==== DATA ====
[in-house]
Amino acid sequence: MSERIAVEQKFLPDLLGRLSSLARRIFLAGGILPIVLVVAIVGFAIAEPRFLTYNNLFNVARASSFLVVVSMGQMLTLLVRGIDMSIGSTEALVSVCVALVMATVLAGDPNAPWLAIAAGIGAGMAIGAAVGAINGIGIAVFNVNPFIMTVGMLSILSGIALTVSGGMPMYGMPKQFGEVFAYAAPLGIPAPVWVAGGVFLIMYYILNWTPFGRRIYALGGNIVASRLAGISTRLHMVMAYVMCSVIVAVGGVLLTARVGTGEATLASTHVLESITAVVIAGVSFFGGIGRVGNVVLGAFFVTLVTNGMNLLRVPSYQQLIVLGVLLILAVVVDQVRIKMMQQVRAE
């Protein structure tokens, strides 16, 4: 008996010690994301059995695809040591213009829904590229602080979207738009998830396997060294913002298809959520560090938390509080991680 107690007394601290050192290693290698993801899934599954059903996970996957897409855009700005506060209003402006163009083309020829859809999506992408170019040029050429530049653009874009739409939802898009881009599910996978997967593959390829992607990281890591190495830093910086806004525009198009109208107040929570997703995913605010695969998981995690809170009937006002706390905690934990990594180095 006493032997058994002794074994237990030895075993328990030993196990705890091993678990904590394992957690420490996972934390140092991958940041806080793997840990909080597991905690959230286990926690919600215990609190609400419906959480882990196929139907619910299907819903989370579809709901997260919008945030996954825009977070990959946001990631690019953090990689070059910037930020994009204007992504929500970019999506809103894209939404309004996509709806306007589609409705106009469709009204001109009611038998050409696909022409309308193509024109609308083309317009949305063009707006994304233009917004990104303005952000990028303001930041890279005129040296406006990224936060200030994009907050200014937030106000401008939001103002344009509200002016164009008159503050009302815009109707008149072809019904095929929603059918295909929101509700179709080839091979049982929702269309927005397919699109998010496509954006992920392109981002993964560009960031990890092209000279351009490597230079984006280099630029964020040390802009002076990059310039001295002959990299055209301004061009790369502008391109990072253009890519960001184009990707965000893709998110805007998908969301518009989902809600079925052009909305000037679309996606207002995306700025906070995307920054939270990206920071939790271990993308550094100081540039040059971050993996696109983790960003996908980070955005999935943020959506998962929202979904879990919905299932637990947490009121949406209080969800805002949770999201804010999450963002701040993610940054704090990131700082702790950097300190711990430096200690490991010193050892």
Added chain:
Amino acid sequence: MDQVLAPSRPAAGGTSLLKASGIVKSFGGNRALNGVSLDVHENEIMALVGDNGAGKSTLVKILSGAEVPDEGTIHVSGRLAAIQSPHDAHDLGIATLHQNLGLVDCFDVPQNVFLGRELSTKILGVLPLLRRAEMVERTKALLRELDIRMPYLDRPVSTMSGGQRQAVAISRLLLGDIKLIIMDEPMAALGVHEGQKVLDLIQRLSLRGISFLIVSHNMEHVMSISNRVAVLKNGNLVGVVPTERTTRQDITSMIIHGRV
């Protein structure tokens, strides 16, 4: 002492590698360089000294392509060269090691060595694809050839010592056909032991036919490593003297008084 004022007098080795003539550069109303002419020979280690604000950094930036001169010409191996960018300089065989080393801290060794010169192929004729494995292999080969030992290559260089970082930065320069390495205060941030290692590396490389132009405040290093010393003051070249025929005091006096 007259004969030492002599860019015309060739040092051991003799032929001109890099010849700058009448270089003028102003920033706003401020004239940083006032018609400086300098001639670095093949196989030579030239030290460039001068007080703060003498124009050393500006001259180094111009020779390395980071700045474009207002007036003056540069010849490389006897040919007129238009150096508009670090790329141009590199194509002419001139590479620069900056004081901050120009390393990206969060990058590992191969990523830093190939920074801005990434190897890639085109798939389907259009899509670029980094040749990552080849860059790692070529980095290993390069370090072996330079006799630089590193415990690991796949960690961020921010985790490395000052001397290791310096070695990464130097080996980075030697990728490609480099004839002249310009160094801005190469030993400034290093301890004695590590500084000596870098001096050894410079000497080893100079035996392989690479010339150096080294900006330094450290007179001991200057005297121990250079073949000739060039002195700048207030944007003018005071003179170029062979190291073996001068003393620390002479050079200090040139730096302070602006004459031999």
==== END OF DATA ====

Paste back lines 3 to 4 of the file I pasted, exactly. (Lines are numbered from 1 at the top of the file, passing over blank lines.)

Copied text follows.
């Protein structure tokens, strides 16, 4: 008996010690994301059995695809040591213009829904590229602080979207738009998830396997060294913002298809959520560090938390509080991680 107690007394601290050192290693290698993801899934599954059903996970996957897409855009700005506060209003402006163009083309020829859809999506992408170019040029050429530049653009874009739409939802898009881009599910996978997967593959390829992607990281890591190495830093910086806004525009198009109208107040929570997703995913605010695969998981995690809170009937006002706390905690934990990594180095 006493032997058994002794074994237990030895075993328990030993196990705890091993678990904590394992957690420490996972934390140092991958940041806080793997840990909080597991905690959230286990926690919600215990609190609400419906959480882990196929139907619910299907819903989370579809709901997260919008945030996954825009977070990959946001990631690019953090990689070059910037930020994009204007992504929500970019999506809103894209939404309004996509709806306007589609409705106009469709009204001109009611038998050409696909022409309308193509024109609308083309317009949305063009707006994304233009917004990104303005952000990028303001930041890279005129040296406006990224936060200030994009907050200014937030106000401008939001103002344009509200002016164009008159503050009302815009109707008149072809019904095929929603059918295909929101509700179709080839091979049982929702269309927005397919699109998010496509954006992920392109981002993964560009960031990890092209000279351009490597230079984006280099630029964020040390802009002076990059310039001295002959990299055209301004061009790369502008391109990072253009890519960001184009990707965000893709998110805007998908969301518009989902809600079925052009909305000037679309996606207002995306700025906070995307920054939270990206920071939790271990993308550094100081540039040059971050993996696109983790960003996908980070955005999935943020959506998962929202979904879990919905299932637990947490009121949406209080969800805002949770999201804010999450963002701040993610940054704090990131700082702790950097300190711990430096200690490991010193050892």
Added chain: